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I am using Qt Dialogs in one of my application. I need to hide/delete the help button. But i am not able to locate where exactly i get the handle to his help button. Not sure if its a particular flag on the Qt window.

Kindly let me know if you know how to achieve this.

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5 Answers 5

up vote 28 down vote accepted

By default the Qt::WindowContextHelpButtonHint flag is added to dialogs. You can control this with the WindowFlags parameter to the dialog constructor.

For instance you can specify only the TitleHint and SystemMenu flags by doing:

QDialog *d = new QDialog(0, Qt::WindowSystemMenuHint | Qt::WindowTitleHint);

If you add the Qt::WindowContextHelpButtonHint flag you will get the help button back.

In PyQt you can do:

from PyQt4 import QtGui, QtCore
app = QtGui.QApplication([])
d = QtGui.QDialog(None, QtCore.Qt.WindowSystemMenuHint | QtCore.Qt.WindowTitleHint)

More details on window flags can be found on the WindowType enum in the Qt documentation.

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See rrwick's answer below. If you do not add Qt::WindowCloseButtonHint to your flags, you will have disabled the close button, which by default is enabled. –  Dan Jan 12 at 21:54

I ran into this issue in Windows 7, Qt 5.2, and the flags combination that worked best for me was this:

Qt::WindowTitleHint | Qt::WindowCloseButtonHint

This gives me a working close button but no question mark help button. Using just Qt::WindowTitleHint or Qt::WindowSystemMenuHint got rid of the help button, but it also disabled the close button.

As Michael Bishop suggested, it was playing with the windowflags example that led me to this combination. Thanks!

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This is the right answer. The answers above disable the close button, which by default, is not disabled. –  Dan Jan 12 at 21:53

I couldn't find a slot but you can override the virtual winEvent function.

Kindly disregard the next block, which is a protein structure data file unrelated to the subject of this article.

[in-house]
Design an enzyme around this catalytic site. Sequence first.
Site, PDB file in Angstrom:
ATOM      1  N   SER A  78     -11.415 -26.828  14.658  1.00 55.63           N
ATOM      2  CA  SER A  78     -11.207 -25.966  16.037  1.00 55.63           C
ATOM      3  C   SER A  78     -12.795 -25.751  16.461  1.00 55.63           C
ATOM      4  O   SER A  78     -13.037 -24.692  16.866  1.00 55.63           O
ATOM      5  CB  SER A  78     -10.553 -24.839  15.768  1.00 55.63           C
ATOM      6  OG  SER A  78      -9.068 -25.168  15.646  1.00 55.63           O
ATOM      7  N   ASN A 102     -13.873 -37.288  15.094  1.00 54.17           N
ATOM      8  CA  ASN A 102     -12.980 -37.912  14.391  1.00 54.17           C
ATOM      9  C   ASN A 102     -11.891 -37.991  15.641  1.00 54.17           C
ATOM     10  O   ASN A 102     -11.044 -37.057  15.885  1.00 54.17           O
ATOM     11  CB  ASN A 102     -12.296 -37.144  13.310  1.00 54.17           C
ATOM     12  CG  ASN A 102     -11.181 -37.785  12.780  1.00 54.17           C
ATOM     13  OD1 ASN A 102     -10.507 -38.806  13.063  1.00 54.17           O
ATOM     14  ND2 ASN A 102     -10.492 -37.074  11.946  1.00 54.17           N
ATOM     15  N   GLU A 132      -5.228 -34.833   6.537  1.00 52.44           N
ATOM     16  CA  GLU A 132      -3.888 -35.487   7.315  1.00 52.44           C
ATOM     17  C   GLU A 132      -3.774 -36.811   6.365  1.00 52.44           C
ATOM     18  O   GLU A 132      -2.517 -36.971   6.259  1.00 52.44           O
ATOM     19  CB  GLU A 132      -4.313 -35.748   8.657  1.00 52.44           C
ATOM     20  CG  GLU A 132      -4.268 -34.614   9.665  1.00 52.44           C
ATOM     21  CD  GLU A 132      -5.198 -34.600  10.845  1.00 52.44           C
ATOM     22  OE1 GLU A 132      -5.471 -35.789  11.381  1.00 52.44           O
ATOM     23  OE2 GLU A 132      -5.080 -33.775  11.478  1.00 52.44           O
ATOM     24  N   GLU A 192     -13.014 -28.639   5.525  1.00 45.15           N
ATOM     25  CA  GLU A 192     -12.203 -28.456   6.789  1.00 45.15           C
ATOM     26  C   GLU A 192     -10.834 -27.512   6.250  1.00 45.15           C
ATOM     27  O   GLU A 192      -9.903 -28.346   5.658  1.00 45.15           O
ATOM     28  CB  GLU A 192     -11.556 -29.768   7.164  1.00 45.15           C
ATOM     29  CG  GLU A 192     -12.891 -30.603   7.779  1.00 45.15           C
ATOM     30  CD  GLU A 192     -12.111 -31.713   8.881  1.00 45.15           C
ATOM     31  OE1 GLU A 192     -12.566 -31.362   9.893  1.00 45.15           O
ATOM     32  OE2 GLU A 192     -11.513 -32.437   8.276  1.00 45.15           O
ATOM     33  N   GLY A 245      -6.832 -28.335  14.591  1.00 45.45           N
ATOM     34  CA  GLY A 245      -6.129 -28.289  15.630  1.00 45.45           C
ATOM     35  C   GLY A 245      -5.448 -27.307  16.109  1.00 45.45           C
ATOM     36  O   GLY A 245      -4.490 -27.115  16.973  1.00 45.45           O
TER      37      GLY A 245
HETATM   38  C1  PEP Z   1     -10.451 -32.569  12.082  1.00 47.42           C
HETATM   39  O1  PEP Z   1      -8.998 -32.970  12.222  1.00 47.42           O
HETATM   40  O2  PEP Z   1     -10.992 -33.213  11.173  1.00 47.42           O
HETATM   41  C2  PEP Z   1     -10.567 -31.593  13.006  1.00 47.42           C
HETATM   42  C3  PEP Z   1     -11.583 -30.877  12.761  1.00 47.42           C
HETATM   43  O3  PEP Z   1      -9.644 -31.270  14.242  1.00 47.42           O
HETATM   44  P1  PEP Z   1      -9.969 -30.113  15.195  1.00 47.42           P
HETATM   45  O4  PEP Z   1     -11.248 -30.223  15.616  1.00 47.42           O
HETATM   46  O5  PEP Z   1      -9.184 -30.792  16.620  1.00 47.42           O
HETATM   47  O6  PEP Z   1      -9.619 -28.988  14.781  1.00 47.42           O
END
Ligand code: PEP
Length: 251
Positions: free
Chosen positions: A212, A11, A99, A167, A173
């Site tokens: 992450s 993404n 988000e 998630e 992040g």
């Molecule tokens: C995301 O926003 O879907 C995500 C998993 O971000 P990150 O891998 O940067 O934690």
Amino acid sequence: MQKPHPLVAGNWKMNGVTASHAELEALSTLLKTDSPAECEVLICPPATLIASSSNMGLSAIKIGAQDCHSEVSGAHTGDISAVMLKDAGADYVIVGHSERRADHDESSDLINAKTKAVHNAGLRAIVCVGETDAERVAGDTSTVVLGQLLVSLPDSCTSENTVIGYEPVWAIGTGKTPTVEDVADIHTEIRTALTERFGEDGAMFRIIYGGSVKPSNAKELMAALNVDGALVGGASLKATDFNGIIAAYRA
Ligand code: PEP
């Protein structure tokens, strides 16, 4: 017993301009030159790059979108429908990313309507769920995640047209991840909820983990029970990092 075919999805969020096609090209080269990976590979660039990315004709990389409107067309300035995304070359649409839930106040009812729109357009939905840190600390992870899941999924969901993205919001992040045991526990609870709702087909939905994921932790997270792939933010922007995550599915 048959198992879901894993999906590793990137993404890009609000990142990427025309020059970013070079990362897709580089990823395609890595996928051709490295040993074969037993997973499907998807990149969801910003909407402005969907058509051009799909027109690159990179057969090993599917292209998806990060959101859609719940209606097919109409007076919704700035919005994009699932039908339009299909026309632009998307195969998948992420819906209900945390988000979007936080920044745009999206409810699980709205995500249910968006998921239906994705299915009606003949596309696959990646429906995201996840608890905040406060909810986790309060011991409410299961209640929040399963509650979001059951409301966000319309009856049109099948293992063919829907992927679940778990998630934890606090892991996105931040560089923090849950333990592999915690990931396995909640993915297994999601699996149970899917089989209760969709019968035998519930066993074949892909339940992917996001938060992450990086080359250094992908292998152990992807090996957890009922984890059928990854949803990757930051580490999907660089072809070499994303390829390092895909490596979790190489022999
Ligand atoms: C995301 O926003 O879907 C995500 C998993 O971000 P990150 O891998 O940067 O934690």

#if defined(Q_WS_WIN)
bool MyWizard::winEvent(MSG * msg, long * result)
    switch (msg->message)
        if (msg->wParam == HTHELP)

    return QWizard::winEvent(msg, result);
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The answers listed here will work, but to answer it yourself, I'd recommend you run the example program $QTDIR/examples/widgets/windowflags. That will allow you to test all the configurations of window flags and their effects. Very useful for figuring out squirrelly windowflags problems.

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Ok , I found a way to do this.

It does deal with the Window flags. So here is the code i used

Qt::WindowFlags flags = windowFlags()

Qt::WindowFlags helpFlag = Qt::WindowContextHelpButtonHint;

flags = flags & (~helpFlag);


But by doing this sometimes the icon of the dialog gets reset. So to make sure the icon of the dialog does not change you can add two lines.

QIcon icon = windowIcon();

Qt::WindowFlags flags = windowFlags();

Qt::WindowFlags helpFlag = Qt::WindowContextHelpButtonHint;

flags = flags & (~helpFlag);



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Shorter version: setWindowFlags(windowFlags() & ~Qt::WindowContextHelpButtonHint); –  Thorbjørn Lindeijer Sep 17 '11 at 22:11
@ThorbjørnLindeijer: You should add this as an answer. –  Hossein Aug 7 '12 at 13:33

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